Also published on Mothers of Preschoolers (MOPS), Lollipops in the Garden.
"Mama, look! Lollipops are growing in the garden!" said excited Little Person with a big imagination. The look of awe on our toddler's face when he saw his favorite treat in bloom and in place of where his dummy had been planted, will always be a magical memory.
There are many ways of getting rid of the dummy (or pacifier), including weaning it off slowly, calling upon the dummy "fairy" to take it, or simply saying "goodbye" to it. I learned of another creative approach to completely ditch the dummy; planting it! Since digging is one of our son’s favorite things to do, this approach was fun, imaginative, gentle and meaningful.
As a parent, you are best placed to decide on the right time for your child to transition to a time without dummy. Experts suggest a good time to try is when there is not much change happening in the household; your child is feeling settled and has transitioned from using the dummy all day to only using it to soothe to sleep, and has an alternative favorite comforter or soft toy to soothe to sleep.
Our son only used his dummy to soothe himself to sleep. When he was a little over 2 years old, we started to tell him how big he was growing and how he wouldn't need his dummy by the time he turned 3. So, it was a great parenting win to see him "grow" away from the dummy sooner with the help of "magic" and Mother Nature!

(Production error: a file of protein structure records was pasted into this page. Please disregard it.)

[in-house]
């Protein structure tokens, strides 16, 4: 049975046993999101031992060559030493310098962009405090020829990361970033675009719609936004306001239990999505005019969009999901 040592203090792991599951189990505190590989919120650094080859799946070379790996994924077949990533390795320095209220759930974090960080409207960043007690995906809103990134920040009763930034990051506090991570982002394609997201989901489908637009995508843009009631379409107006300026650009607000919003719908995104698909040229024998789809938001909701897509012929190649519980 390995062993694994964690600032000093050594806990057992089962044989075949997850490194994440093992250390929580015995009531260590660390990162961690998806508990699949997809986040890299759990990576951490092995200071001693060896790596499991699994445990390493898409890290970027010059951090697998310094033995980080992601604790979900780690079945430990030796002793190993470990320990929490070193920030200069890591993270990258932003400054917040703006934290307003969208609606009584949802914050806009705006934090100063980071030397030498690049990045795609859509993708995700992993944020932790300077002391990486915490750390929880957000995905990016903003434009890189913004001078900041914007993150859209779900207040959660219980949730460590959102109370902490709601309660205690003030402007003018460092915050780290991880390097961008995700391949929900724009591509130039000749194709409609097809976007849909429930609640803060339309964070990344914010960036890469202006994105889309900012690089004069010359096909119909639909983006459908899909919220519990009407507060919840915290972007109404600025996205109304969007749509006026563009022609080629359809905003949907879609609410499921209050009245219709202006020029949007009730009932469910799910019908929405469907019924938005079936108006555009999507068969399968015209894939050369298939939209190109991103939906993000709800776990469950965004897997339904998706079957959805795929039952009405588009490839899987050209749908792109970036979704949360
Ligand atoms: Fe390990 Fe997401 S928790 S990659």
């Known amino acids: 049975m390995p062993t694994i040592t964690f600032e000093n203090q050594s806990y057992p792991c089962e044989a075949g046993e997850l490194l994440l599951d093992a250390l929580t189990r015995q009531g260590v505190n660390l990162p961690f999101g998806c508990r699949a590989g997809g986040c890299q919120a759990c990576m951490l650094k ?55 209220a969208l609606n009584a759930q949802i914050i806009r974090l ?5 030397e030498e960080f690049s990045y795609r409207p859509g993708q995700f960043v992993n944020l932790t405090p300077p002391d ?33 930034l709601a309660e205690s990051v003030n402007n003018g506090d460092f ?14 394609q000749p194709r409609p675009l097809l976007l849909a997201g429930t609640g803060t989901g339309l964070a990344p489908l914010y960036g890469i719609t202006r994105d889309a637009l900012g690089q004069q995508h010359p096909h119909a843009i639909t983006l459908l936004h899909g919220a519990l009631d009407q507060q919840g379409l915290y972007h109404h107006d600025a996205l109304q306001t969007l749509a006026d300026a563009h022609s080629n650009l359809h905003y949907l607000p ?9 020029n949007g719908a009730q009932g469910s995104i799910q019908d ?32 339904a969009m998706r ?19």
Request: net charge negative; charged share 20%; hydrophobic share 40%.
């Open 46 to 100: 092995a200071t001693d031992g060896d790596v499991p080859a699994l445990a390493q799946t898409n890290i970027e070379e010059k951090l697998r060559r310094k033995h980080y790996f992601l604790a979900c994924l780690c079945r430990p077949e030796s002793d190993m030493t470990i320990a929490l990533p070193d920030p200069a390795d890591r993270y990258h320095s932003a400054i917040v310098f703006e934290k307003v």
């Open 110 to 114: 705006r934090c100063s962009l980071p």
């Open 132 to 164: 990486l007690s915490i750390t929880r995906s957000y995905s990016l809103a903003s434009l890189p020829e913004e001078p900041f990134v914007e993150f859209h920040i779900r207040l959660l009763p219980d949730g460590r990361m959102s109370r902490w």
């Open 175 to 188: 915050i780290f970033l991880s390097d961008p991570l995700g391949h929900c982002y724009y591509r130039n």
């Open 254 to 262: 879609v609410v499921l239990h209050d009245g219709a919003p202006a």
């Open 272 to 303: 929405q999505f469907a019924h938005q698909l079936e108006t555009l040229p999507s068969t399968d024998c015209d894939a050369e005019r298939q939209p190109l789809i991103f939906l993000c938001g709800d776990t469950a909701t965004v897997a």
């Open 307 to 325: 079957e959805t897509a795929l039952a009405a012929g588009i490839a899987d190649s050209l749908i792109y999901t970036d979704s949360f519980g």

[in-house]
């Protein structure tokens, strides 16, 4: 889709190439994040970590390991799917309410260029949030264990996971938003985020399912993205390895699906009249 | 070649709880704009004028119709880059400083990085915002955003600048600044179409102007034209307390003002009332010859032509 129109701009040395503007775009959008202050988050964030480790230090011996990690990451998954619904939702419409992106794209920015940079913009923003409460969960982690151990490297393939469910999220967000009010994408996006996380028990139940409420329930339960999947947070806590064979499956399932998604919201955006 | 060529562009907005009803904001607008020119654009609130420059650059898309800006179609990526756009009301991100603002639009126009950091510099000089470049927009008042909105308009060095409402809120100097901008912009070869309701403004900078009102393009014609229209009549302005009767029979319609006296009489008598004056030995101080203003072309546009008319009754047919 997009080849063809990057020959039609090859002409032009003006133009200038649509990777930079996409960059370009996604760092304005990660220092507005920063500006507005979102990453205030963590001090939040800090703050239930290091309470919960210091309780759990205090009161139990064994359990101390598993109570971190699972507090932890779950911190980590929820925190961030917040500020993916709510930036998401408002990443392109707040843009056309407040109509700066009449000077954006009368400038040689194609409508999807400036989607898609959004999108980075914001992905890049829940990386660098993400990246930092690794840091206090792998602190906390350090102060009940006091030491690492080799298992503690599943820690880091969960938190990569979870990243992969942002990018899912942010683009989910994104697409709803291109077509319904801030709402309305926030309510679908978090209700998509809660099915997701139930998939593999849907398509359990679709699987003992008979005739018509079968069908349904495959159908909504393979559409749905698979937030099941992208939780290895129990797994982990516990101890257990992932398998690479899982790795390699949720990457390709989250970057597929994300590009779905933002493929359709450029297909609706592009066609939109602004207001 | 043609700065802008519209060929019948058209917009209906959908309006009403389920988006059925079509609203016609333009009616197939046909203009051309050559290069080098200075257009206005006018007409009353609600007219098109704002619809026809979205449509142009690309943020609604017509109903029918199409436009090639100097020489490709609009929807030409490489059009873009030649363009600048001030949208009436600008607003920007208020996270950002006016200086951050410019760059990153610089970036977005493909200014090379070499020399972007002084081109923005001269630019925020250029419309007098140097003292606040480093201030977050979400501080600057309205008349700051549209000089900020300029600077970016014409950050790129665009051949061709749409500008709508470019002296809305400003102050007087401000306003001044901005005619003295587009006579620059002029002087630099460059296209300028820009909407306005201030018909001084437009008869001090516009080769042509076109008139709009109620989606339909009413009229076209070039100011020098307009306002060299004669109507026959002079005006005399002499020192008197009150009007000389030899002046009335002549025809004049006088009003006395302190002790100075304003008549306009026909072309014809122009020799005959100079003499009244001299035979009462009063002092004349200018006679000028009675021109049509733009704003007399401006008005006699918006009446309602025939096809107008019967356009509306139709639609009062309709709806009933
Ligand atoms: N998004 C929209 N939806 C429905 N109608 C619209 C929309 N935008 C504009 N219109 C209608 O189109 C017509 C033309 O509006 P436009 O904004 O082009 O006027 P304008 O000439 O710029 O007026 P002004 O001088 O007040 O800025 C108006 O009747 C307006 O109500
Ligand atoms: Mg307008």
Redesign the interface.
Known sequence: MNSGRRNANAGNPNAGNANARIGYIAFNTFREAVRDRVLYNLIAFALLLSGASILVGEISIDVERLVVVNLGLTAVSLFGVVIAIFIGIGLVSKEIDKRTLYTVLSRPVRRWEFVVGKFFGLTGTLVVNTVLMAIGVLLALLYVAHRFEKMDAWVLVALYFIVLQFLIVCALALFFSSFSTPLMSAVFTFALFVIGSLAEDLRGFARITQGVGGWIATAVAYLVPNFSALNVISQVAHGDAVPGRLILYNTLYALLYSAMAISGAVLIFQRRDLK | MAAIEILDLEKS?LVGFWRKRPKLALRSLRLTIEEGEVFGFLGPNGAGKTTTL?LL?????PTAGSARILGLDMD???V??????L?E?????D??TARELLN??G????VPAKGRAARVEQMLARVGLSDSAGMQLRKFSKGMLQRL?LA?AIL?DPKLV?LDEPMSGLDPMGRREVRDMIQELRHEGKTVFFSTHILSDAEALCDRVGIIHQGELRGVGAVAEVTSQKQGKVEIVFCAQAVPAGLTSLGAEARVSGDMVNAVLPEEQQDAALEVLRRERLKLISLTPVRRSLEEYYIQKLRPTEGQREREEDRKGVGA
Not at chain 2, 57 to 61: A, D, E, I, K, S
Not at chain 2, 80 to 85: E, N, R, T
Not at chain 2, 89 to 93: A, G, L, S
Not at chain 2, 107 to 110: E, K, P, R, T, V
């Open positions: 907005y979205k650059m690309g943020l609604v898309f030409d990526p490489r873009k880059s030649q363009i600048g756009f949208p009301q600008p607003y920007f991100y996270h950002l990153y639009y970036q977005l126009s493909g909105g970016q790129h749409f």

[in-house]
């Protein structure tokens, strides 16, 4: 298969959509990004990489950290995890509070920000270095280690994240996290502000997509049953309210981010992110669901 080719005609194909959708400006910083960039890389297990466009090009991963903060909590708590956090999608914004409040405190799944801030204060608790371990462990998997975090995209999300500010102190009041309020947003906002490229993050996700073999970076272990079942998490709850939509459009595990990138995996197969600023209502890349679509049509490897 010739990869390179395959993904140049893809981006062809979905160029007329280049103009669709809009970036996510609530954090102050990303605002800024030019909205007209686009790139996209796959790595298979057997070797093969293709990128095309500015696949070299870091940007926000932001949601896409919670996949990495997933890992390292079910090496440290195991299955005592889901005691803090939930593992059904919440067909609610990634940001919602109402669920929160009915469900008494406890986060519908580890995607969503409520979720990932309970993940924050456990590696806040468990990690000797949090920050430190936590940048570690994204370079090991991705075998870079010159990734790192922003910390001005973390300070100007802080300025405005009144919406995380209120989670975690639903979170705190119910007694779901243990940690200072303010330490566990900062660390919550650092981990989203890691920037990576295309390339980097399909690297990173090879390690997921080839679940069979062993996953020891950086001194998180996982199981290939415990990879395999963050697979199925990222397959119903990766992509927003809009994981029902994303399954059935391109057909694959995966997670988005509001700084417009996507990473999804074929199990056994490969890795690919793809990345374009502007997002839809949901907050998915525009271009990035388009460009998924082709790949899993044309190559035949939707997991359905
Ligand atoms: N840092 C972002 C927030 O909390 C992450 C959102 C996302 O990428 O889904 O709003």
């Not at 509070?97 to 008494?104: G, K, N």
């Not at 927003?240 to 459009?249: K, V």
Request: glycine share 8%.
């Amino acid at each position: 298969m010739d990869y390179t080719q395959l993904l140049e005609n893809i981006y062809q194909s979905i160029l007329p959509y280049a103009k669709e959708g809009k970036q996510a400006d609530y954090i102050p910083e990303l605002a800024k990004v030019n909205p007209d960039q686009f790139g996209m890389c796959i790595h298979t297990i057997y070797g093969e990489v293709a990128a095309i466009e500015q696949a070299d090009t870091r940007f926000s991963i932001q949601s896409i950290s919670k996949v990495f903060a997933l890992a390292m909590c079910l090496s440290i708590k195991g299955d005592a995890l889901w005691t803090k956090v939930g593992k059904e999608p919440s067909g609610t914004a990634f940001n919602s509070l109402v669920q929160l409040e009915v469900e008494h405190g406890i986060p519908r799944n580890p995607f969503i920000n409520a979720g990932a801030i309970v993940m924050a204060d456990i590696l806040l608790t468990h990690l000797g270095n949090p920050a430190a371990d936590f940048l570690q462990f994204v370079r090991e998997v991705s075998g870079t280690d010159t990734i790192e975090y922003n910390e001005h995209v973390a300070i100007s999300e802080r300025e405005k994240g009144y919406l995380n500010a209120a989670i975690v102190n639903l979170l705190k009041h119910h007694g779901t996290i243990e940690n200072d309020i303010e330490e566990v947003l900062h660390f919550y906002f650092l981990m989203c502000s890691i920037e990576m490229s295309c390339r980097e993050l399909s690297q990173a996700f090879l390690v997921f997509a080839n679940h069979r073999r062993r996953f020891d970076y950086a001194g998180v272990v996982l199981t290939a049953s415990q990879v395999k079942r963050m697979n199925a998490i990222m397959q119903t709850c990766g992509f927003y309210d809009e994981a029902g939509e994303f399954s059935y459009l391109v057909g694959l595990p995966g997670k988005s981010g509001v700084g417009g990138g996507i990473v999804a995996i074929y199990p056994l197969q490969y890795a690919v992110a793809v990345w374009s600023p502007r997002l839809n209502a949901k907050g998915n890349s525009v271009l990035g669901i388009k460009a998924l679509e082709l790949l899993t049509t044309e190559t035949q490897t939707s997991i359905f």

On the morning of planting his dummy, I explained to our son that today he would be saying "goodbye" to his dummy by planting it in the garden. I told him that when he woke from his nap, something special would have grown in its place.
Before nap time, I helped our son dig a hole in the garden, filled it with his dummy, and watered the dirt. When he settled down for his nap, I ensured he had his favorite comforter to snuggle with to sleep. When he called for his dummy, I reminded him that he had planted it and it would be growing into a surprise by now.
While he was sleeping, I dug out the dummy from the dirt and replaced it with a lollipop. (TIP: you can replace the dummy with another edible treat or a special gift, such as a colorful windmill.) When he woke, I ran to the garden with him and marveled at the magic of nature. He saw his favorite treat in bloom in place of where his dummy had been planted!
While he enjoyed his treat, we connected over how special it was for his much-loved dummy to transform into something he loved. At night time, I ensured he had his favorite comforter to snuggle with to sleep. When he asked for his dummy, I recounted his experience of it growing into something special. I reminded him that his treat was now snug in his tummy. And a magical moment was planted in his memory forever.
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